|Descriptive Geography and Brief Historical Sketch of
By Rabbi Joseph Schwarz
In the rainy season, the little wadys often swell and become great rivers, overflowing their banks, and thus prevent any one from passing to the other side for several days. When they begin to grow a little shallow, and the travellers are tired of waiting longer, a set of very tall and strongly built Bedouins make their appearance, and as it is their business to transport men and baggage across the stream, they undress themselves completely, take the traveller, who embraces their head quite firmly, on their shoulders, and wade through, whilst the water often stands up to their breast, and place their burden safely on the other shore.* When in this manner all the travellers are transported, the small packages are carried over, and then the cattle are driven through; after which all the things are repacked, when the journey is continued.
These carriers may truly say with the Psalmist (66:12), “Thou hast caused a
man to ride on our head, we have come into (fire and) water, and thou hast led
us forth happily.”
With the greater rivers, for example the Southern Jordan, where there is no bridge, and which is not fordable even in the latter part of the summer, the ferriage is managed by the Bedouins with their cattle and baggage in the following manner: the smaller cattle, such as sheep and goats, are all cast into the river, and they then swim over of their own accord; the camels, however, which are not able to wade the Jordan because it is too deep and rapid, and as the great length of their legs prevent them from swimming, are driven close to the edge of the water, where they are made to kneel down, and their feet are then tied together with strong cords, so that it is impossible for them to raise them or to stand erect; they are then pushed into the water by the Bedouins with all their strength, and they are thus forced to swim over. They present indeed a most curious and ludicrous means of ferriage. With their head and hump out of the water, bobbing up and down as they are accustomed to do in walking, unused to the fluid element, and feeling themselves, though manacled, carried forward, their spirit seems to be occupied with the business of crossing over; and the whole appears to be to them a great mystery, as they indicate by constant, impatient growling. When they have arrived safely on the opposite side, their bonds are instantly loosened, and they jump up, as one might say, quite joyfully, in having successfully accomplished their toilsome voyage.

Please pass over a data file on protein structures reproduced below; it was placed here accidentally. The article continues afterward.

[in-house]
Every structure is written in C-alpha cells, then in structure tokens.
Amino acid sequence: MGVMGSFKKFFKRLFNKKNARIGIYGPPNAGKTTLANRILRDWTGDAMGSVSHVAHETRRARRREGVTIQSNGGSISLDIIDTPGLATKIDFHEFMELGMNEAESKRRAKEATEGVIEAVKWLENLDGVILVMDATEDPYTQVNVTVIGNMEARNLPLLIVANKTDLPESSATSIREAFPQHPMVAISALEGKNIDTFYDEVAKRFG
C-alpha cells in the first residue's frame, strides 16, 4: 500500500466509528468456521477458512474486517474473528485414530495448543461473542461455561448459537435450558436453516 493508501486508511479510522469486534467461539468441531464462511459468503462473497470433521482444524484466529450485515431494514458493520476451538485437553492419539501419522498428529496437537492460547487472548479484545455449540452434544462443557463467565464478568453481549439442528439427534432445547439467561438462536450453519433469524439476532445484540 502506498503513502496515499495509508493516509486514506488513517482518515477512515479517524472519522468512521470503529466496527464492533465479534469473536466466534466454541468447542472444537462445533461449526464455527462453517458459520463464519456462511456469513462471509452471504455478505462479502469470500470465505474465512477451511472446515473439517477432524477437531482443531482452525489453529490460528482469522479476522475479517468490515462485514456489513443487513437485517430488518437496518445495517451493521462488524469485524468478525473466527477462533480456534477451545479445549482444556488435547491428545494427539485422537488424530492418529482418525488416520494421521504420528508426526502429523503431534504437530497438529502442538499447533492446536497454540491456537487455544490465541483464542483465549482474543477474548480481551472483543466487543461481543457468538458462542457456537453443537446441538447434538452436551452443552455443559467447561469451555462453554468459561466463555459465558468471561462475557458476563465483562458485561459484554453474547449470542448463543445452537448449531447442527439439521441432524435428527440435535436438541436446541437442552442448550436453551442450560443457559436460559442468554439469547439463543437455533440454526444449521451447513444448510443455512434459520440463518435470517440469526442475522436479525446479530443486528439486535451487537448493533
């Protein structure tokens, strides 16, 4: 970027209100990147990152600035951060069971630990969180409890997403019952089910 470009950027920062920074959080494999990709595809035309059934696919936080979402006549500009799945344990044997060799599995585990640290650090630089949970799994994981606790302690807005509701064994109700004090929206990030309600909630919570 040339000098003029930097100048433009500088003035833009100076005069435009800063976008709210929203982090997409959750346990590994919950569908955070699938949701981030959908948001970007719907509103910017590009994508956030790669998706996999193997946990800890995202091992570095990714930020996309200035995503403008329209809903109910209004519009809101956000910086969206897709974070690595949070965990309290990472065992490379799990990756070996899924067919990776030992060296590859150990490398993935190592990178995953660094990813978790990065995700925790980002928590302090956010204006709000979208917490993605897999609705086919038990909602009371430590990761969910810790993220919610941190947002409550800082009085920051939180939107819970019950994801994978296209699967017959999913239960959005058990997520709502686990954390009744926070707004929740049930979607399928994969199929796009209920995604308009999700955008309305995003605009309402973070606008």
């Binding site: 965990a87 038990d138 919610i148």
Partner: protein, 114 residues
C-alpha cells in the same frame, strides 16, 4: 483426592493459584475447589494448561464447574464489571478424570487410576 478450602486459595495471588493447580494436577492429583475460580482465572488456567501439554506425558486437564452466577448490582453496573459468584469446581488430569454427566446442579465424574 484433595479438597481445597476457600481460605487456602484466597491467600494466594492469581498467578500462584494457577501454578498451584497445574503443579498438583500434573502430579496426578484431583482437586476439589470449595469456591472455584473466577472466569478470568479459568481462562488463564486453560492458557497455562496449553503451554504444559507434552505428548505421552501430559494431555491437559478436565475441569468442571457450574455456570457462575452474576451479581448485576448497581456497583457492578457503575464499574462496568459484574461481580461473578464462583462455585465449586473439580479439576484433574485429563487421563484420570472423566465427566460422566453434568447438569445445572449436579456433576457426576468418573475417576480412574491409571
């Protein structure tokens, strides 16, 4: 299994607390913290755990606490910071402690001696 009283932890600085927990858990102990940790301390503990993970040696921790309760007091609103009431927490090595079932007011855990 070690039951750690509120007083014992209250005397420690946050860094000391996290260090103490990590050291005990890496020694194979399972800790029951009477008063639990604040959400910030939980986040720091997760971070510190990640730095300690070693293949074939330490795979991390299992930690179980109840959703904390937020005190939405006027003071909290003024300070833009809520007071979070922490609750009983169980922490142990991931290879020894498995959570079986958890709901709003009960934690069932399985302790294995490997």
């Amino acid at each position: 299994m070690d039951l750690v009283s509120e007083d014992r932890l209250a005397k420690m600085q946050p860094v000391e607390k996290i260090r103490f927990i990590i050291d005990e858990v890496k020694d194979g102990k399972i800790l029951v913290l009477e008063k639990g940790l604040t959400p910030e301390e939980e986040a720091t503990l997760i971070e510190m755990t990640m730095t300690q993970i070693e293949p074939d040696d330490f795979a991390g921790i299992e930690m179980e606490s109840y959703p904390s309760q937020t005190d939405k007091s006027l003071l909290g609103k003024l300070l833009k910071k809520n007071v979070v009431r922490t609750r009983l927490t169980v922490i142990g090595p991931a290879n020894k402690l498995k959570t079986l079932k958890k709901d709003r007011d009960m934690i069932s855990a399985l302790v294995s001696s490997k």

Men and baggage are ferried over in a yet more singular manner. They take eight to ten water-skins, made of goathides, blow them full of air, tie them together on a square framework composed of several stout poles; on these they place some pieces of wood and boards as a floor; they fasten next the water-skins under the frame, and this artistical ship is thereupon launched into the water, and its cargo placed on it. The inflated water-skins prevent this frail vessel from foundering, and the crew then scull it over with their sticks to the other side of the stream. As may be imagined, this conveyance is not very safe, and it often happens that those who trust themselves to it make on it their last voyage, as they land from it in eternity. However, it is in this wise that the poor Bedouin knows how to help himself in various positions; and if he does not understand how to propel his vessel by steam, he can at least prepare his conveyance by filling the water-skins by the breath of his own mouth.
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